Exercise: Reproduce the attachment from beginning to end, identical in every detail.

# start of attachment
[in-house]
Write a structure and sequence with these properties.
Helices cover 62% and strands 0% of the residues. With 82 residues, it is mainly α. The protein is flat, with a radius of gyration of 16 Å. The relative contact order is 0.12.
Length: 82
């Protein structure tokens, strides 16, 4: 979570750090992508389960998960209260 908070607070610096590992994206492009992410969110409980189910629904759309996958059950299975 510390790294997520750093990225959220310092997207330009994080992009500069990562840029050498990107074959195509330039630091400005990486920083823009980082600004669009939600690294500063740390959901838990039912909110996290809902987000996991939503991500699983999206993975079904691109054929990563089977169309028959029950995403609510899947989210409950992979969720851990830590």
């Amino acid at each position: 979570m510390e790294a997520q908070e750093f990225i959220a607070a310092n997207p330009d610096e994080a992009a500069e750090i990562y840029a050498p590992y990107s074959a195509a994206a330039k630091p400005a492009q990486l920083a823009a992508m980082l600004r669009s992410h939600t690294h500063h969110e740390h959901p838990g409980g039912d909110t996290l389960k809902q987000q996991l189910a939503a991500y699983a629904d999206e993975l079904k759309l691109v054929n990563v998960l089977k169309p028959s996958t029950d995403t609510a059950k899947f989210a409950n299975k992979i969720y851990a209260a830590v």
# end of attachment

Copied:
[in-house]
Write a structure and sequence with these properties.
Helices cover 62% and strands 0% of the residues. With 82 residues, it is mainly α. The protein is flat, with a radius of gyration of 16 Å. The relative contact order is 0.12.
Length: 82
């Protein structure tokens, strides 16, 4: 979570750090992508389960998960209260 908070607070610096590992994206492009992410969110409980189910629904759309996958059950299975 510390790294997520750093990225959220310092997207330009994080992009500069990562840029050498990107074959195509330039630091400005990486920083823009980082600004669009939600690294500063740390959901838990039912909110996290809902987000996991939503991500699983999206993975079904691109054929990563089977169309028959029950995403609510899947989210409950992979969720851990830590």
């Amino acid at each position: 979570m510390e790294a997520q908070e750093f990225i959220a607070a310092n997207p330009d610096e994080a992009a500069e750090i990562y840029a050498p590992y990107s074959a195509a994206a330039k630091p400005a492009q990486l920083a823009a992508m980082l600004r669009s992410h939600t690294h500063h969110e740390h959901p838990g409980g039912d909110t996290l389960k809902q987000q996991l189910a939503a991500y699983a629904d999206e993975l079904k759309l691109v054929n990563v998960l089977k169309p028959s996958t029950d995403t609510a059950k899947f989210a409950n299975k992979i969720y851990a209260a830590v």